Metformin stimulates intracellular glycogen synthesis by acting on glycogen synthase.
Metformin increases the transport capacity of all types of membrane glucose transporters (GLUTs) known to date.
In clinical studies, use of metformin was associated with either a stable body weight or modest weight loss.
In humans, independently of its action on glycaemia, metformin has favourable effects on lipid metabolism. This has been shown at therapeutic doses in controlled, medium-term or long-term clinical studies: metformin reduces total cholesterol, LDL cholesterol and triglyceride levels.
The prospective randomised study (UKPDS) has established the long-term benefit of intensive blood glucose control in adult patients with type 2 diabetes.
Analysis of the results for overweight patients treated with metformin after failure of diet alone showed:
• a significant reduction of the absolute risk of any diabetes-related complication in the metformin group (29.8 events/1000 patient-years) versus diet alone (43.3 events/1000 patient-years), p=0.0023, and versus the combined sulfonylurea and insulin monotherapy groups (40.1 events/1000 patient-years), p=0.0034;
• a significant reduction of the absolute risk of diabetes-related mortality: metformin 7.5 events/1000 patient-years, diet alone 12.7 events/1000 patient-years, p=0.017;
• a significant reduction of the absolute risk of overall mortality: metformin 13.5 events/1000 patient-years versus diet alone 20.6 events/1000 patient-years (p=0.011), and versus the combined sulfonylurea and insulin monotherapy groups 18.9 events/1000 patient-years (p=0.021);
• a significant reduction in the absolute risk of myocardial infarction: metformin 11 events/1000 patient-years, diet alone 18 events/1000 patient-years (p=0.01).
Benefit regarding clinical outcome has not been shown for metformin used as second-line therapy, in combination with a sulfonylurea.
In type 1 diabetes, the combination of metformin and insulin has been used in selected patients, but the clinical benefit of this combination has not been formally established.
Controlled clinical studies in a limited paediatric population aged 10-16 years treated during 1 year demonstrated a similar response in glycaemic control to that seen in adults.
After oral administration metformin is incompletely absorbed from the gastro-intestinal tract. The oral bioavailability of usual doses is 50 - 60 %. The maximum plasma concentration is achieved after about 2 hours. Gastrointestinal absorption is complete within 6 hours of ingestion. The volume of distribution lies between 63 and 276 litres. Metformin is rapidly distributed but a slow transfer to a deep compartment seems to occur. Metformin does not bind to plasma proteins but accumulates in the salivary glands, duodenum, kidneys and liver. No metabolites or conjugates of metformin have been identified. Metformin is completely eliminated by renal excretion and the mean plasma elimination half-life ranges between 1.5 and 4.5 hours. A quantitatively minor terminal elimination phase, probably out of the deep compartment, with a longer mean half-life ranging from 8.9 to 19 hours, has been observed. The renal clearance of metformin ranges between 350 and 550 ml/min and correlates with the creatinine clearance, indicating that metformin is excreted by active tubular secretion. In patients with impaired renal function accumulation of metformin is probable.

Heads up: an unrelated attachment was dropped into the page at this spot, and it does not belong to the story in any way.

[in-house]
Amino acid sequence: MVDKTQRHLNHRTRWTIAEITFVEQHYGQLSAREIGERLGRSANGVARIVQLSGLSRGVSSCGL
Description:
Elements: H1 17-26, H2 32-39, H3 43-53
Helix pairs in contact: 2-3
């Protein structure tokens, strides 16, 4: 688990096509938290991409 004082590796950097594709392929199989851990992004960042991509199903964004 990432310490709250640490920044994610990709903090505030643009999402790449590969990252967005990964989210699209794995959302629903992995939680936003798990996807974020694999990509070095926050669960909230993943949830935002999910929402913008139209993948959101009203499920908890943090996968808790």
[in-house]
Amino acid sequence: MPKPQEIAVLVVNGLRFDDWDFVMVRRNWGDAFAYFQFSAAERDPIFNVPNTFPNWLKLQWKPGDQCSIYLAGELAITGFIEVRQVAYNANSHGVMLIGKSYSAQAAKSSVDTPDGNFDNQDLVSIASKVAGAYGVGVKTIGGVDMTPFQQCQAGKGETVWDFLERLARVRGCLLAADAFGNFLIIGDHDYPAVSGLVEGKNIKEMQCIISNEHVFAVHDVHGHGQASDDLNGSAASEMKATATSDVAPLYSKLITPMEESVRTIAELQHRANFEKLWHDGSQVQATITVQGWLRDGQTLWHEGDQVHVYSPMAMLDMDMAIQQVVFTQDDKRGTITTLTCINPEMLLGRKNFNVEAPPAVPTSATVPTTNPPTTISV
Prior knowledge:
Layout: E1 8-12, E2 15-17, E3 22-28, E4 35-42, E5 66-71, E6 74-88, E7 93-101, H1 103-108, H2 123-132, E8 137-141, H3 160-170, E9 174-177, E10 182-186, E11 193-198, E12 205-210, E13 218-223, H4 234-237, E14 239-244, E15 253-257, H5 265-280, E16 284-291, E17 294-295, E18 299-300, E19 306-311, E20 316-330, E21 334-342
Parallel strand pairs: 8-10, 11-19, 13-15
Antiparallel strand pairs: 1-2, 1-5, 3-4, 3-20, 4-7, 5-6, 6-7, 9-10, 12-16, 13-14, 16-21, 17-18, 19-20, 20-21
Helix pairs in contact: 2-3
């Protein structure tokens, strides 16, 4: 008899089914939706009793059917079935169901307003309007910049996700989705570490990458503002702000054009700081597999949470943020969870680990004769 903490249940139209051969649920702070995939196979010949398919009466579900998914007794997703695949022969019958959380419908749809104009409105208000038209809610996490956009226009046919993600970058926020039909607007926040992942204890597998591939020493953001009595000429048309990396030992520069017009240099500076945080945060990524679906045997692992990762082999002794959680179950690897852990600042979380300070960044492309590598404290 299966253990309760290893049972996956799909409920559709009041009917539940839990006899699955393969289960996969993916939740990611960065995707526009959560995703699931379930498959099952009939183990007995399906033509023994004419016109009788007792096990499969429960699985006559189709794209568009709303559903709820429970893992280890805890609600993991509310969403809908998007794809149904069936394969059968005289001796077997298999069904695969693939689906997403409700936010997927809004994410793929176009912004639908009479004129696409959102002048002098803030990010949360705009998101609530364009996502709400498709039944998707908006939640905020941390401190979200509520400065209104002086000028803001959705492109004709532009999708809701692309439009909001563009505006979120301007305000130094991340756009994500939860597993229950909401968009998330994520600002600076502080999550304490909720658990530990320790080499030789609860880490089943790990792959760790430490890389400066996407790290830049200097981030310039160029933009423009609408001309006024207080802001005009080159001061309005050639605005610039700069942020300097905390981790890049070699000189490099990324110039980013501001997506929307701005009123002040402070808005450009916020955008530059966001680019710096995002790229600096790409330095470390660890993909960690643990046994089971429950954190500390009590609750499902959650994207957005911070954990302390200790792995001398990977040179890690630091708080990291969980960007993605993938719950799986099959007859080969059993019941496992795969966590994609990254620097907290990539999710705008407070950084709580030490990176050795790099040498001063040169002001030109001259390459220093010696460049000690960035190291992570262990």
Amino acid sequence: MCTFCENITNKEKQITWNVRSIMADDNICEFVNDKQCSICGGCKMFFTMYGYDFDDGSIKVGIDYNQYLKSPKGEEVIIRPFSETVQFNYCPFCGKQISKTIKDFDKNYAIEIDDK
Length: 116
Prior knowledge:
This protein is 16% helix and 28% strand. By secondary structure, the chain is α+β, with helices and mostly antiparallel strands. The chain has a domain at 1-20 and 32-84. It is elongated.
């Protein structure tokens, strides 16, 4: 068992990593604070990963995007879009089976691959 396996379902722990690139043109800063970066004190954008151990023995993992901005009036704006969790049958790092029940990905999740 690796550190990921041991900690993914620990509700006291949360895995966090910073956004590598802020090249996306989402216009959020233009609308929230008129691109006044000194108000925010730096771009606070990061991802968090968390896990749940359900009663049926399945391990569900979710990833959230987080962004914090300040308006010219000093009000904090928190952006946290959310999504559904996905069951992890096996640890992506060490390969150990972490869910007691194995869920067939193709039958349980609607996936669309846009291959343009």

Characteristics in specific groups of patients
The available data in subjects with moderate renal insufficiency are scarce and no reliable estimation of the systemic exposure to metformin in this subgroup as compared to subjects with normal renal function could be made. Therefore, the dose adaptation should be made upon clinical efficacy/tolerability considerations (see section 4.2).
Single dose study: After single doses of metformin hydrochloride 500 mg paediatric patients have shown similar pharmacokinetic profile to that observed in healthy adults.
Multiple dose study: Data are restricted to one study. After repeated doses of 500 mg twice daily for 7 days in paediatric patients the peak plasma concentration (Cmax) and systemic exposure (AUC0-t) were reduced by approximately 33% and 40%, respectively compared to diabetic adults who received repeated doses of 500 mg twice daily for 14 days. As the dose is individually titrated based on glycaemic control, this is of limited clinical relevance.
Preclinical data reveal no special hazard for humans based on conventional studies on safety, pharmacology, repeated dose toxicity, genotoxicity, carcinogenic potential and reproductive toxicity.
- Sodium starch glycollate
- Maize starch
- Colloidal anhydrous silica
- Magnesium stearate
- Titanium dioxide E 171
- Propylene glycol
- Macrogol 6000
- Purified talc
Do not store above 25°C.
Blister pack of 28, 42, 56 or 84 film-coated tablets (not all pack sizes may be marketed)
Any unused product or waste material should be disposed of in accordance with local requirements.
Special Concept Development (UK) Ltd
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4 January 2001
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+44 (0)800 358 4427
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+44 (0)800 358 4427